No seat was left unused in the basement seminar room.
Andrea Kolb, the newly minted education coordinator, gave the opening speech to welcome everyone. By her side, Jorge Madera translated into Spanish every sentence she said.
Once the welcome was over, the two went to different ends of the audience.
Kolb held certificates and handed them out to the student-mentors, who included Bridget Festa, Maria Acevedo, Clarisa Capone, Kirby Donaldson, Sarah Zablotney, Allison Sands, Jennifer Lake, Caitlyn Ollendyke and Hailey Pletz.
Most of the mentors are early childhood education majors, including Festa, who comes from a long line of public educators. She, in fact, will be a third-generation teacher once she graduates. Others like Lake are art history majors.
After the mentors got their certificates, the after-school students were presented theirs for finishing “The Places and Faces of Hazleton” mural, a collage of the places and people the students saw as important to the Hazleton community.
The students then announced and gave their thanks to the places and people they featured in the mural. Those places included the Jumbo Family Buffet, the Hazleton One center and others, and the people included DeAndrea; Eugenio Sosa and Bob and Elaine Curry of the community center, and others.
Joe Maddon, the center’s founder, was also thanked and honored, but wasn’t present because, as Bob Curry joked, “He had a poor excuse for not being here. He is managing the Cubs in a baseball game in San Diego.”
The parents and families present were also given thanks for their support and were asked to stand for applause.
The finale began with Chaveley Perez, accompanied by her mentor, Festa, reciting her poem. Mia Cabrera followed Perez and sang her song, “Dollar General.”
Then the beat dropped, and then another beat dropped … since Nolasco didn’t like the first. And Nolasco cocked his head forward and took center stage.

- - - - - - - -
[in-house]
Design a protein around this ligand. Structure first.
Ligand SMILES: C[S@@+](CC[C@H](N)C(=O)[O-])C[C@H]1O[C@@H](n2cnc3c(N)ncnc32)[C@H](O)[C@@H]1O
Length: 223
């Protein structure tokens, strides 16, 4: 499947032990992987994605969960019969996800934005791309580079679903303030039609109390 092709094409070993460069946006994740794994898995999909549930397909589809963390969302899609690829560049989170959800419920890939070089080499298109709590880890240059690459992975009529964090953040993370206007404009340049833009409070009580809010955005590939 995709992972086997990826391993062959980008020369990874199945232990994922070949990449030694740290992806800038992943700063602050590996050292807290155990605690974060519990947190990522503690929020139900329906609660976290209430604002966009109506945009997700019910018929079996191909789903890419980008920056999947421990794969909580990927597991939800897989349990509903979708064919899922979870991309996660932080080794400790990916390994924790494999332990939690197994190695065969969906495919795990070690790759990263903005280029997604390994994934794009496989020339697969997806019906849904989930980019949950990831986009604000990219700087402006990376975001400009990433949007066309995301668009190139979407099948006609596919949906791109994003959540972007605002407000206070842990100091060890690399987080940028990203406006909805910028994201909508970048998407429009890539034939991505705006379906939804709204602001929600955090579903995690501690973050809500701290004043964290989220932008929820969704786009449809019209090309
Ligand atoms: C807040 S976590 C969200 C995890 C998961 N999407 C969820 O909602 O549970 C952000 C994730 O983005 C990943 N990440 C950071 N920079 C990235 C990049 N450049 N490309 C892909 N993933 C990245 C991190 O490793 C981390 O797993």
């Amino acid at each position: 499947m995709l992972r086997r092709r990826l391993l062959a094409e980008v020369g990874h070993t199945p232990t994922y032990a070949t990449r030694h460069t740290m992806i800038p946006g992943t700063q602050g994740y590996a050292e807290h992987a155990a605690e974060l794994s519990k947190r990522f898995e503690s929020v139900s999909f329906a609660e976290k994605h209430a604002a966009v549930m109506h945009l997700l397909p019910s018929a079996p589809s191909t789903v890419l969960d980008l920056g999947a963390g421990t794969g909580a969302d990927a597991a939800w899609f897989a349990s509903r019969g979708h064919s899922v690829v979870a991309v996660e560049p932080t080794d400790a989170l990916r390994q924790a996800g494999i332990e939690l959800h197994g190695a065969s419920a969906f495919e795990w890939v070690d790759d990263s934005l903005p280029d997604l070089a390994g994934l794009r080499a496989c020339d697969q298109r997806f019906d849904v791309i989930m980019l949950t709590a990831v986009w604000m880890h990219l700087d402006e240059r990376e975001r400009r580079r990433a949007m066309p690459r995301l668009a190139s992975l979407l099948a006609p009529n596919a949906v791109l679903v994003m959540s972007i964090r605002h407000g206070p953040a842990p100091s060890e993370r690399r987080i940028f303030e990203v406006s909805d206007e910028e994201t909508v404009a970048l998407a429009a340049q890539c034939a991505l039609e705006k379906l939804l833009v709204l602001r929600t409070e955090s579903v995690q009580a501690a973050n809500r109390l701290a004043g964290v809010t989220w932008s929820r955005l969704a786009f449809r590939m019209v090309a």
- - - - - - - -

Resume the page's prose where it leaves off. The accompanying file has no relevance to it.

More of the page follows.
It was the culmination of their work. Students hugged their mentors to show appreciation and reflected on the last two weeks.
“The Penn State students were very helpful and they were very fun,” said Janely Rosario, a student mentored by Donaldson. “And they are very awesome,” she smiled and then laughed.
Rosario said shyly that Michaels craft store is her significant place.
The student-mentors were very happy that they had taken part in the course, although it wasn’t always easy.
“Since it’s a two-week course, it’s very intense but so worth it,” said Sands.
Sands added that they would usually start at 9 a.m. and they would go to either an elementary or a middle school. They would observe their students, the teachers and the classroom atmosphere.
At 2:30 p.m., they would leave the school and head straight to the community center. Then they would prepare themselves before their students’ arrival. At 4 p.m., the mentors would help out the students with homework.
The students would leave at 5:30 p.m., and from then until 7:30, the mentors would receive a traditional lecture from their professor, Dr. Megan Hopkins.
Speaking of tough work, Zablotney had to deal with the anxiousness that came with students being fresh out of class. To get them to focus, she made her students do a “shadow project,” where the students are made to look at their shadows and they are told to write thoughts they have never revealed before.
But instead of making them write, Zablotney made them do 3-D masks to be part of their mural.
The hard work, though, brought a better understanding of multiple cultures in the classroom.
“We believe teachers should embrace bilingualism and believe that English Language Learners are assets to schools,” said Festa.
Overall, both mentors and community center officials appreciated all the work put into the last two weeks. And they were appreciative of the turnout.
Lake said she expected people to come but she didn’t expect that big of a crowd. She liked that the community was so involved in the event.
Capone thought the support was amazing and wished that level of attendance would’ve been there on a regular basis.
“It was nice to see so many members of the community feel strongly enough about being honored by our students that they make a special effort to be in attendance,” said Bob Curry. “It went better than we anticipated.
“This is something you’ll see again... you can believe it.”